Richard B. Very, Very Bad

And Prines more useful than Zimmerman

LITTLE RICHARD Penniman is the yardstick by which all great rock & roll should be measured. He manages to be shrieking, outrageous, flamboyant and offensive while also being an inspired and singular master of his art. Little Richard's dizzy persona has never been a pose, never been designed merely to grab attention or sell records; he's a bona fide eccentric savant, a lunatic genius so brimming with raw talent and energy that he's simply unable to contain himself or function in a manner resembling anything "normal" or socially gracious. Of the Big Four among rock & roll godfathers, he's my fave by many leagues, with all due respect to Elvis, Chuck and Jerry Lee.

From the throat of this dwarfish, effeminate little man is emitted a howling fanfare that sounds like God and Satan battling for control of the universe. The fact that Li'l Dick has suffered severe religious conflict throughout his life, with the sacred and profane tugging violently at his limbs, attempting to draw and quarter his soul, accounts for much of the astonishing force emanating from his mighty, mighty pipes. And this is without even mentioning that he attacks his piano with all the fervor of Jerry Falwell pummeling an abortionist with a spiked crucifix.

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If Elvis wanted to be your Teddy Bear, Little Richard wanted to grease you up real purty and do filthy things to your nearest available orifice. If Jerry Lee had great balls of fire, Little Richard's dumplings were composed of atomic mushroom clouds. If Chuck was Johnny B. Goode, Penniman was Richard B. Very, Very Bad; blatantly craving manflesh, brazenly hedonistic and obviously under the influence of God knows what sort of pernicious fast-forward substances, all at a time when the likes of such relatively tame competitors as Elvis and Buddy Holly were themselves considered très risqué. Little Richard is rock & roll's first, best and ultimate freak show.

To top off this legacy, Little Richard has wisely elected to rest on his laurels, at least as far as recording goes. He knows he's never gonna top "Long Tall Sally," "Good Golly Miss Molly," "Tutti Frutti" or "Ready Teddy," so he made a conscious decision to let those records speak for themselves rather than continuing to create music that couldn't possibly match the beef of his glory days. Aside from a children's record, he hasn't recorded anything new in nearly three decades.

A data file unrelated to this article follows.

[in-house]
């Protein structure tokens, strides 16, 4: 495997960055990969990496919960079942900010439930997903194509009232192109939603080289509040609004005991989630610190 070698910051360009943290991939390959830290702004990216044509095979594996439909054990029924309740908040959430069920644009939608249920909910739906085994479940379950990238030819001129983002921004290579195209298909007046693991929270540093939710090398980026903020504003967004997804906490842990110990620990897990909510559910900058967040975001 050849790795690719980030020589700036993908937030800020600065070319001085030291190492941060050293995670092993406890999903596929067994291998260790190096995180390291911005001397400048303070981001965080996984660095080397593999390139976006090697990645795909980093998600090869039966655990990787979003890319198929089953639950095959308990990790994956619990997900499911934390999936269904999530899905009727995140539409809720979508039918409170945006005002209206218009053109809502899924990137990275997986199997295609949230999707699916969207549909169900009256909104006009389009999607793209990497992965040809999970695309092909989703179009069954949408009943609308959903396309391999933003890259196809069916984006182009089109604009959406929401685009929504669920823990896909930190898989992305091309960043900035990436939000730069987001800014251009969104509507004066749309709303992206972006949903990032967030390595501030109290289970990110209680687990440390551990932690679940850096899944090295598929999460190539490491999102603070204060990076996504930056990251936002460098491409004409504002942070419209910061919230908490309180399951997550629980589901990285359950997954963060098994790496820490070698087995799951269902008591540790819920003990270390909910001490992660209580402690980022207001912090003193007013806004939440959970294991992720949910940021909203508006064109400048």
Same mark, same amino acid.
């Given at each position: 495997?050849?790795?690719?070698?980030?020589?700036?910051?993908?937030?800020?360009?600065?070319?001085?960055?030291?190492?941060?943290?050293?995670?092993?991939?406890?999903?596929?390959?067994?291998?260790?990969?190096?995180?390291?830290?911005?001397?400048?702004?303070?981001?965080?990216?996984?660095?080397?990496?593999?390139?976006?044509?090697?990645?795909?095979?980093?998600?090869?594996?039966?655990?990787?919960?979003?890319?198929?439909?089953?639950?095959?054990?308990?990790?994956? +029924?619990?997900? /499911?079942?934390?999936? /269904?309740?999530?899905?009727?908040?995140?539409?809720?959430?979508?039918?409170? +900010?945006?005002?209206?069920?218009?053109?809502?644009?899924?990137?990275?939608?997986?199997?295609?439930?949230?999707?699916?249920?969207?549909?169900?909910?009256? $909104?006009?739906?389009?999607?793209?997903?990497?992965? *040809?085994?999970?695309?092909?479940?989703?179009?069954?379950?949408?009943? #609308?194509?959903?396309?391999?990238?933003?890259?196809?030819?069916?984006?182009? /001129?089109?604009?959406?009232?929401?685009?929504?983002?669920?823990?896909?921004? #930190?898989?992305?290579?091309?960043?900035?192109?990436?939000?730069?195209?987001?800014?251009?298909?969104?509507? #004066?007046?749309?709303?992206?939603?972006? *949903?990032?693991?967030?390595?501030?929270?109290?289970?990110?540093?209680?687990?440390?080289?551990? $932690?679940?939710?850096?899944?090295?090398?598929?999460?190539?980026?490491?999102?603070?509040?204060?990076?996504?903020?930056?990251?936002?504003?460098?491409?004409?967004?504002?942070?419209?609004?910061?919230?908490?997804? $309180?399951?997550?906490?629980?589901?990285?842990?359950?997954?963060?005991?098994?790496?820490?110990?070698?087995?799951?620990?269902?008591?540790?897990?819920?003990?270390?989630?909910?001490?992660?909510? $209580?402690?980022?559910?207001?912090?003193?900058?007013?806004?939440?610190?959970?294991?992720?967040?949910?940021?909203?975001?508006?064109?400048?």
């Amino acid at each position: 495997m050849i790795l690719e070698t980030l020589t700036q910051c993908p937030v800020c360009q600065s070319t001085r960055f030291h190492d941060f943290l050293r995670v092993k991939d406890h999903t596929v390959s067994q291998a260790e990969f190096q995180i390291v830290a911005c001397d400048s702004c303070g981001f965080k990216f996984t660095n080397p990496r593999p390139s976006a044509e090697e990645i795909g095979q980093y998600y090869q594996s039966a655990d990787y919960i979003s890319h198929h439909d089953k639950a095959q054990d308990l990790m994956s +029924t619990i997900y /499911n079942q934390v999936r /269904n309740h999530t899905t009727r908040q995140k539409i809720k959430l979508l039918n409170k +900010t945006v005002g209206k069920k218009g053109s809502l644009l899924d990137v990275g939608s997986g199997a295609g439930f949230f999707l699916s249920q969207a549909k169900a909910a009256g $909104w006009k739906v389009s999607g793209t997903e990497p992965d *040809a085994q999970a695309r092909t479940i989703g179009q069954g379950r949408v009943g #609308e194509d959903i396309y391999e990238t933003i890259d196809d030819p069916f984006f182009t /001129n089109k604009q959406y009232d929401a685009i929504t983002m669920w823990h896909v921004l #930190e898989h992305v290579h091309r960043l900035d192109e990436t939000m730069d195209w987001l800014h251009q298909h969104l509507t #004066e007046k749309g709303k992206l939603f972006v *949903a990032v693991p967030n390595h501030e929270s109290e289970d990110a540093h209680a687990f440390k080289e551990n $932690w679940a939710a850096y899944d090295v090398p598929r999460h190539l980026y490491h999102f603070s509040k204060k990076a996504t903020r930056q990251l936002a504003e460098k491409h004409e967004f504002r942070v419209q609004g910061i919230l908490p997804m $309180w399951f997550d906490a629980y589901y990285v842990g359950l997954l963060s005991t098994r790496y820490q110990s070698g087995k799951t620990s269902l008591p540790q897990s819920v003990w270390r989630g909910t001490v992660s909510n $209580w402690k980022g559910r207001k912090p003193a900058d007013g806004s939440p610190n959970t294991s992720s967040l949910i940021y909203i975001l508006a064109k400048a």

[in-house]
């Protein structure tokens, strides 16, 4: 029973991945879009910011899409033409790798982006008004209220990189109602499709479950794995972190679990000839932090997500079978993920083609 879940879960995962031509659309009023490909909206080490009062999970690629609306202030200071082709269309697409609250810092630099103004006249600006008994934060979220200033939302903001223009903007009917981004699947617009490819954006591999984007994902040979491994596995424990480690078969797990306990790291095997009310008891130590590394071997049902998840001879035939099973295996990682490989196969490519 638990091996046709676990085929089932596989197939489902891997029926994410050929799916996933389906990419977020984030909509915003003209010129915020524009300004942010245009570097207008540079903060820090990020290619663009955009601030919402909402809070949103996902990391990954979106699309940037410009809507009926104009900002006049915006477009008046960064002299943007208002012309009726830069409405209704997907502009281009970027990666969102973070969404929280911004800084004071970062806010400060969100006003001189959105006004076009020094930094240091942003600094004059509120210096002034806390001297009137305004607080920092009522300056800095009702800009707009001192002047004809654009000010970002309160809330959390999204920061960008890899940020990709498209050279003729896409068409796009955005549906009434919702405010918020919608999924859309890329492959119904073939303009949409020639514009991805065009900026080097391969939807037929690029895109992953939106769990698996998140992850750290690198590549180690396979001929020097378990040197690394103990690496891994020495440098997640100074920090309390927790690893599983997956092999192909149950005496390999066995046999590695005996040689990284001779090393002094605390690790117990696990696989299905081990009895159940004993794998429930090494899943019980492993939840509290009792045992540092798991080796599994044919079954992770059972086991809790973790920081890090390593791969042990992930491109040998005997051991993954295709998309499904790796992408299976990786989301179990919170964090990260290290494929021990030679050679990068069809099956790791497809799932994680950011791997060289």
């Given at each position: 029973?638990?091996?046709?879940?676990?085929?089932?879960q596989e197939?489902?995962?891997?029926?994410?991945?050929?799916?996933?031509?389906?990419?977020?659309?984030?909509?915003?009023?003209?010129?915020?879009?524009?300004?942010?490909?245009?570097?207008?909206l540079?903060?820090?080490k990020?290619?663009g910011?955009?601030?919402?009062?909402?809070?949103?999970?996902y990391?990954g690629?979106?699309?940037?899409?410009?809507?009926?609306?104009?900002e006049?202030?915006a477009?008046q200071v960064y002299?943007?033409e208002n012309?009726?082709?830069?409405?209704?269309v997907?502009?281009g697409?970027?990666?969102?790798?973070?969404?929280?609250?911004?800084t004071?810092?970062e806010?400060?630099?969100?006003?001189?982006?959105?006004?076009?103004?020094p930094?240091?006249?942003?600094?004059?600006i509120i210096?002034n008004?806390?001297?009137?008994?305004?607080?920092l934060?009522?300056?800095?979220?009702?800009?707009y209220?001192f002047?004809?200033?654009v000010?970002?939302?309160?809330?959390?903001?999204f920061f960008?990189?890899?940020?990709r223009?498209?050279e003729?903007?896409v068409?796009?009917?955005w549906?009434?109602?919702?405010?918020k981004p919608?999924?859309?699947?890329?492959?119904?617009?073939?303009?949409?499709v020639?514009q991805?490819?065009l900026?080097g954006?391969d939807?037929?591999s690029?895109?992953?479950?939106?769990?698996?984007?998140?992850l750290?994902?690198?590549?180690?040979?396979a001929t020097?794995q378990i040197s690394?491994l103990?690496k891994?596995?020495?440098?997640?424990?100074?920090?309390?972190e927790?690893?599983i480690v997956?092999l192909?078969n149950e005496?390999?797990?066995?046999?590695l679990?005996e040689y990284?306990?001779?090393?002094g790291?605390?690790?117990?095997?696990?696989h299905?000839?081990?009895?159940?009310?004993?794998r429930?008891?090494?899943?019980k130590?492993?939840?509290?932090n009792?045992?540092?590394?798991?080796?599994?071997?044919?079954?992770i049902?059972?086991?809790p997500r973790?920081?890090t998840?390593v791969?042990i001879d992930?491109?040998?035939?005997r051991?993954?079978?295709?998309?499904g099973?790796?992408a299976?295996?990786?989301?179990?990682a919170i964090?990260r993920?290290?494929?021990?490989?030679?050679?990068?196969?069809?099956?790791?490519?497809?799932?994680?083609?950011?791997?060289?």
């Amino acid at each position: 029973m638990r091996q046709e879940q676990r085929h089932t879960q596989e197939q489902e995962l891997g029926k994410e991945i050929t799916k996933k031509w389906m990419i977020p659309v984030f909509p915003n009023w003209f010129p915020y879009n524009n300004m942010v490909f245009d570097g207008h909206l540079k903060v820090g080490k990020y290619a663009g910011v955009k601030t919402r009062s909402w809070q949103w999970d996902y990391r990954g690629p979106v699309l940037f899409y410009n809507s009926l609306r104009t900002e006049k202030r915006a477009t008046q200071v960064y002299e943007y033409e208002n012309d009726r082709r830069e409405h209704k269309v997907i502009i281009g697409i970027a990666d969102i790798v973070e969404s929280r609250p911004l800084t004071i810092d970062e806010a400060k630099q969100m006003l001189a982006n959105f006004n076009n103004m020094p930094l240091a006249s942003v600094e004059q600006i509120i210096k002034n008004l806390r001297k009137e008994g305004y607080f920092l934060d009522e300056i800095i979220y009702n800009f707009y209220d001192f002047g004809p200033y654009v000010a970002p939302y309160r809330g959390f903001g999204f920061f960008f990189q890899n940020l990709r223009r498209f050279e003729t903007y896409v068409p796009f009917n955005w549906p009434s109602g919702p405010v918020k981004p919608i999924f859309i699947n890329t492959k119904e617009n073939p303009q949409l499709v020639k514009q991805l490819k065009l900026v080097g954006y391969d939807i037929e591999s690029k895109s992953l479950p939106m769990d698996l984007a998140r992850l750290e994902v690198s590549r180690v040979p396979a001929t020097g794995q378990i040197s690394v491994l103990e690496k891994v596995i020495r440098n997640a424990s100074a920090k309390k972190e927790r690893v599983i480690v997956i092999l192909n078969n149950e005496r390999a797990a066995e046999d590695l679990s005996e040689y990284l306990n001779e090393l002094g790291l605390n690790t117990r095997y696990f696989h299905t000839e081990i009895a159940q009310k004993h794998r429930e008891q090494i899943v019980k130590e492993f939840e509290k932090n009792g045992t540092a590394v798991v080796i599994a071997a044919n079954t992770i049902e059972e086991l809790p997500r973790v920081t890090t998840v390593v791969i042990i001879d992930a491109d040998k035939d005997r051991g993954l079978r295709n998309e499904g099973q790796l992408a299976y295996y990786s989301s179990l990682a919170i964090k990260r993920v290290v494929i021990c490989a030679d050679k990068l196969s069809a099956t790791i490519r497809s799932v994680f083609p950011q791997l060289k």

"I've been offered record deals, but I'm just not interested," he says. "If it's not broke, don't fix it. I'll let it go out the way it is. If you're not going to outdo what you've already done, just don't do it."

Everyone should now thank Little Richard for sparing us from having to hear him sing Sugar Ray covers with a hip-hop beat. Repeat after me: "Thank you, Little Richard."

None of is this to say that Little Richard has outlived his usefulness. I saw him in concert a couple of years ago, and he was as loud and obnoxious as ever, shouting and preening and pounding and whooping and cooing to the audience about how beautiful he was and yelling, "SHUT UP!" whenever his little black bum was pricked with enthusiasm.

Little Richard plays at the House of Blues on Thursday, Nov. 8. Rather than trying to persuade you to attend on my own, I'll let Mr. Penniman do his own PR work:

"Let everybody know that this show is what you call once-in-a-lifetime! Tell them to come out and see history alive because that's what it is—history alive! Come out and celebrate with Little Richard and REAL rock & roll! Come out and see the living flame! SHUT UP!"

Although nothing gets my tired old blood flowing quite like the unbridled histrionics of a Little Richard, it is also my duty as an Old Fart to occasionally appreciate the laid-back and mellow, as long as the laid-back/mellow in question isn't being provided by, you know, Stevie Nicks or David Wilcox or someone equally terrifying. And truly, I can think of no better laid-back/mellow experience than the one provided by JOHN PRINE.

Prine was perhaps the best of the first wave of "New Dylans" (okay, we'll call it a draw between Prine and Phil Ochs), and in my book, he remains a heckuva lot more useful than the nattily mustachioed Zimmerman himself these days. A singer/songwriter possessed of hollow-ground wit, literary storytelling ability and a persona drier than Jackie Vernon in a sandstorm, Prine's homespun homilies have always been as sagacious as they are lovely.

His laid-back drawl of a voice is perfectly complemented by his affinity for Appalachian folk and hillbilly melody, and he has even been a convincing rockabilly guy when the spirit moved him (such as on Pink Cadillac, recorded in 1979 at Sam Phillips' fabled Sun studio).

All of Prine's albums are reliably superb, his songwriting actually improving with time, as evinced on such excellent recent offerings as In Spite of Ourselves and Lost Dogs & Mixed Blessings. Without Prine, the existence of such local heroes as Dave Alvin and Chris Gaffney is nigh unthinkable, as is the thought of life itself without such prime Prinefare as "Sam Stone," "Paradise" and—maybe my favorite song title of all time—"Jesus and the Price of Wood." Check out Lonesome John Friday night at the Sun Theater.

Little Richard performs at the House of Blues, 1530 S. Disneyland Dr., Anaheim, (714) 778-BLUE. Thurs., Nov. 8, 7:30 p.m. $35. 21+; John Prine plays at the Sun Theater, 2200 E. Katella Ave., Anaheim, (714) 712-2700. Fri., 8:30 p.m. $37.50-$47.50. All ages.
 
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